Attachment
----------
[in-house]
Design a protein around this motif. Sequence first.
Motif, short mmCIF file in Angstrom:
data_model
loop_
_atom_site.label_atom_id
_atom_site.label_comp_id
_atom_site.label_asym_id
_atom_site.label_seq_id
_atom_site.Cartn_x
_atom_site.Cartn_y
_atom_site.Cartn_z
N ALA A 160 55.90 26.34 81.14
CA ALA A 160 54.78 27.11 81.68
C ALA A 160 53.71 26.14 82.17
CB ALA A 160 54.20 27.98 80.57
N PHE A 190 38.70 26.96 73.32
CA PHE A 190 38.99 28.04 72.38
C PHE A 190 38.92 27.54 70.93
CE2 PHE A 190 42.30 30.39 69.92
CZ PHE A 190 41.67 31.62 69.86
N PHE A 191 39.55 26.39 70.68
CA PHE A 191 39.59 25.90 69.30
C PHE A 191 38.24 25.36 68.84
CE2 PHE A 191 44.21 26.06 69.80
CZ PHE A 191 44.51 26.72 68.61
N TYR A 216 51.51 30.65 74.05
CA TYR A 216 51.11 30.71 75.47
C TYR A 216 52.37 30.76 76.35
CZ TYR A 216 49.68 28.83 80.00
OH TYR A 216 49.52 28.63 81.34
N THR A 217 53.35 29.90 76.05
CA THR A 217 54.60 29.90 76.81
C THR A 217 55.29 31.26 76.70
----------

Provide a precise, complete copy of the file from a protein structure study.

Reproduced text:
[in-house]
Design a protein around this motif. Sequence first.
Motif, short mmCIF file in Angstrom:
data_model
loop_
_atom_site.label_atom_id
_atom_site.label_comp_id
_atom_site.label_asym_id
_atom_site.label_seq_id
_atom_site.Cartn_x
_atom_site.Cartn_y
_atom_site.Cartn_z
N ALA A 160 55.90 26.34 81.14
CA ALA A 160 54.78 27.11 81.68
C ALA A 160 53.71 26.14 82.17
CB ALA A 160 54.20 27.98 80.57
N PHE A 190 38.70 26.96 73.32
CA PHE A 190 38.99 28.04 72.38
C PHE A 190 38.92 27.54 70.93
CE2 PHE A 190 42.30 30.39 69.92
CZ PHE A 190 41.67 31.62 69.86
N PHE A 191 39.55 26.39 70.68
CA PHE A 191 39.59 25.90 69.30
C PHE A 191 38.24 25.36 68.84
CE2 PHE A 191 44.21 26.06 69.80
CZ PHE A 191 44.51 26.72 68.61
N TYR A 216 51.51 30.65 74.05
CA TYR A 216 51.11 30.71 75.47
C TYR A 216 52.37 30.76 76.35
CZ TYR A 216 49.68 28.83 80.00
OH TYR A 216 49.52 28.63 81.34
N THR A 217 53.35 29.90 76.05
CA THR A 217 54.60 29.90 76.81
C THR A 217 55.29 31.26 76.70